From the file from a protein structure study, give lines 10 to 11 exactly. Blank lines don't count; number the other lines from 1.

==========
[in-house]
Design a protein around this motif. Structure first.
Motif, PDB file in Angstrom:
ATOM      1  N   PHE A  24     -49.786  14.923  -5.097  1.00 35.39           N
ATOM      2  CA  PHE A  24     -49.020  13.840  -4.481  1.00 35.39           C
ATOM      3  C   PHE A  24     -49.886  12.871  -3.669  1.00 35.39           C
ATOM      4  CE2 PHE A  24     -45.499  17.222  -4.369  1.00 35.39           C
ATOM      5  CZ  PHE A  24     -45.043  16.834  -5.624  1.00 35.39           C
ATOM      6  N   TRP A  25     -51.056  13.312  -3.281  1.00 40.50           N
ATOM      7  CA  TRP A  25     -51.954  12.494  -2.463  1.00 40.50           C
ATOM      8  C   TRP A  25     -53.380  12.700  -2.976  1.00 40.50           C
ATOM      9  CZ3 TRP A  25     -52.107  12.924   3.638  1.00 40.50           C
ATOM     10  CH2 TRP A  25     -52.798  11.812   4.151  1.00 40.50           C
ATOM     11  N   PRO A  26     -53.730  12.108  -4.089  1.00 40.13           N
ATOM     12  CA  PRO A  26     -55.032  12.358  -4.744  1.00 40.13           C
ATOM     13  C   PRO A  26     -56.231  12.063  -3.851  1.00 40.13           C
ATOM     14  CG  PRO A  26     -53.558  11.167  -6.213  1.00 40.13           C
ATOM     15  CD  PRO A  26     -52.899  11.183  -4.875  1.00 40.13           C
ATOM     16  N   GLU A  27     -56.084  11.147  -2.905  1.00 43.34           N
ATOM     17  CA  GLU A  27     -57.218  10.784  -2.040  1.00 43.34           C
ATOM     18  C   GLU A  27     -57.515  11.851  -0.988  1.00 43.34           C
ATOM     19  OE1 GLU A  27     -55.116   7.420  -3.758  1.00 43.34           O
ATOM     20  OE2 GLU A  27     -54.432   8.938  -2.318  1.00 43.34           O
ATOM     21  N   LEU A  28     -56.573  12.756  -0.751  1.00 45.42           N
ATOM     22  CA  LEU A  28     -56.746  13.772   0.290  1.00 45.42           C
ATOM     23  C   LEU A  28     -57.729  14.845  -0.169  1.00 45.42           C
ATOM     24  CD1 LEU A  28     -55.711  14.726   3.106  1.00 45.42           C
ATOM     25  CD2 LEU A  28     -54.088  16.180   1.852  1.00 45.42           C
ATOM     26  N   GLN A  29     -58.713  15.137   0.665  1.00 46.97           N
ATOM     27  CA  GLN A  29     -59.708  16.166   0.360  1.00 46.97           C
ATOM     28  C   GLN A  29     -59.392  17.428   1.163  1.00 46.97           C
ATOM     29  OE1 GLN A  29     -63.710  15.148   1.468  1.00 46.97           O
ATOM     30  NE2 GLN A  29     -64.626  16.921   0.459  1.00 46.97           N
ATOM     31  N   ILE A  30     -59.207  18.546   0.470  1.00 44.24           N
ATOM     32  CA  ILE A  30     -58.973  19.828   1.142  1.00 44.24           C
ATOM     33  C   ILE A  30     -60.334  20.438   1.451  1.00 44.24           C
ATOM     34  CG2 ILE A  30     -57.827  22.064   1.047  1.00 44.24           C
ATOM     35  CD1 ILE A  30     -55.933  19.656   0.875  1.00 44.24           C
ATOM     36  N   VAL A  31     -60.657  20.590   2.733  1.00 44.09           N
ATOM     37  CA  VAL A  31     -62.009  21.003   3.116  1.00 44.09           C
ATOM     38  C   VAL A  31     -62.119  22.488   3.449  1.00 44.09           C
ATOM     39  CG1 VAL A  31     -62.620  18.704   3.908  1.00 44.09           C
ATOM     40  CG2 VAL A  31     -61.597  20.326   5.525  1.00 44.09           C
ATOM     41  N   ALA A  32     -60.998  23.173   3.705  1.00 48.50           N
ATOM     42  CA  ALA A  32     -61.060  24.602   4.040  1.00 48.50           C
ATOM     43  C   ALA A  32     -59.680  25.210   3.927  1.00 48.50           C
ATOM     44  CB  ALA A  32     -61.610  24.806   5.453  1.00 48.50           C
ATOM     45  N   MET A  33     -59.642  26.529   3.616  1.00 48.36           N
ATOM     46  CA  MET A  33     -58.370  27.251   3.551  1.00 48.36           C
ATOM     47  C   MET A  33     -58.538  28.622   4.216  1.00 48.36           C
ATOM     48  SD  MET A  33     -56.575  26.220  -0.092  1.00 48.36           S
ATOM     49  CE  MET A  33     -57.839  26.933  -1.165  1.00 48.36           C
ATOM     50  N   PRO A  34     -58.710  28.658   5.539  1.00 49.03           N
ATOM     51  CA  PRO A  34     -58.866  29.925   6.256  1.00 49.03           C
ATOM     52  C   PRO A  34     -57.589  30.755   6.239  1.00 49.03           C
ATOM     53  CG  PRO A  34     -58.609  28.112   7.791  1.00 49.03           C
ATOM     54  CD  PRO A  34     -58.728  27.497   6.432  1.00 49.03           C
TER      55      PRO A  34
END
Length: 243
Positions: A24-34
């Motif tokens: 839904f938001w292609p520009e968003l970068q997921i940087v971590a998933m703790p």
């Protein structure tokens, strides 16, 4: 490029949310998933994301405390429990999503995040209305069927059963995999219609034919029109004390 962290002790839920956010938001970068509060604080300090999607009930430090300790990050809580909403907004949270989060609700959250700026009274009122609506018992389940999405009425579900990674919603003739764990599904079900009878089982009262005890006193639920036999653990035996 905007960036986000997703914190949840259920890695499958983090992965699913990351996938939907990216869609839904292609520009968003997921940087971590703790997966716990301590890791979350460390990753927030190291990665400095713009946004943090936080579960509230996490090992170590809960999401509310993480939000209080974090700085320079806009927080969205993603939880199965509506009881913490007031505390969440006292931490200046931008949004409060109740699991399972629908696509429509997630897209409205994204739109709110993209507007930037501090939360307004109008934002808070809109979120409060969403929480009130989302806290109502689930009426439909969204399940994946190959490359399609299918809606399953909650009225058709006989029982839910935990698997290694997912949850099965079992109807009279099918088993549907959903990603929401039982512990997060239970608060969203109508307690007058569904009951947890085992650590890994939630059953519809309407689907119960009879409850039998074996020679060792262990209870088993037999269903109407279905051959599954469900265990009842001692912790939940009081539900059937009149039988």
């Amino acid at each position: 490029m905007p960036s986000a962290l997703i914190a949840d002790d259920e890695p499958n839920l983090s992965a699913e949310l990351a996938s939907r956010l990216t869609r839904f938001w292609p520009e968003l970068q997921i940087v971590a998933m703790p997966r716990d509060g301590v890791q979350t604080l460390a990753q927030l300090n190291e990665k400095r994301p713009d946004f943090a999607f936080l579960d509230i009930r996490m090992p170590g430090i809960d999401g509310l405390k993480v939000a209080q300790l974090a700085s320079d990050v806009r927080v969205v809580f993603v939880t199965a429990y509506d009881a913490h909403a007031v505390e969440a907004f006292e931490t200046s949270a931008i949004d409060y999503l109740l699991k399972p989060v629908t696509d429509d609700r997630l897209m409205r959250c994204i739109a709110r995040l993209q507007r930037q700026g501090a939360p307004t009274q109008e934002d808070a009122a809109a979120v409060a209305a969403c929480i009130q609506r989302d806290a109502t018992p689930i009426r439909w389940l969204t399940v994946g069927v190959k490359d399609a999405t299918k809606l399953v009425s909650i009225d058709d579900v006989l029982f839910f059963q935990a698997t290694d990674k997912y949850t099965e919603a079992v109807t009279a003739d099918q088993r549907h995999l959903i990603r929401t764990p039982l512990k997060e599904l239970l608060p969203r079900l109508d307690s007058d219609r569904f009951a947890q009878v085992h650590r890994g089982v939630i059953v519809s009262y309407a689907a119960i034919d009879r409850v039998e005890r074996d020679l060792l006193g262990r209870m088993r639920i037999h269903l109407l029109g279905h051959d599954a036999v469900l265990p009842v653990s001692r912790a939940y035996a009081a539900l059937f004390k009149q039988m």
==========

ATOM      7  CA  TRP A  25     -51.954  12.494  -2.463  1.00 40.50           C
ATOM      8  C   TRP A  25     -53.380  12.700  -2.976  1.00 40.50           C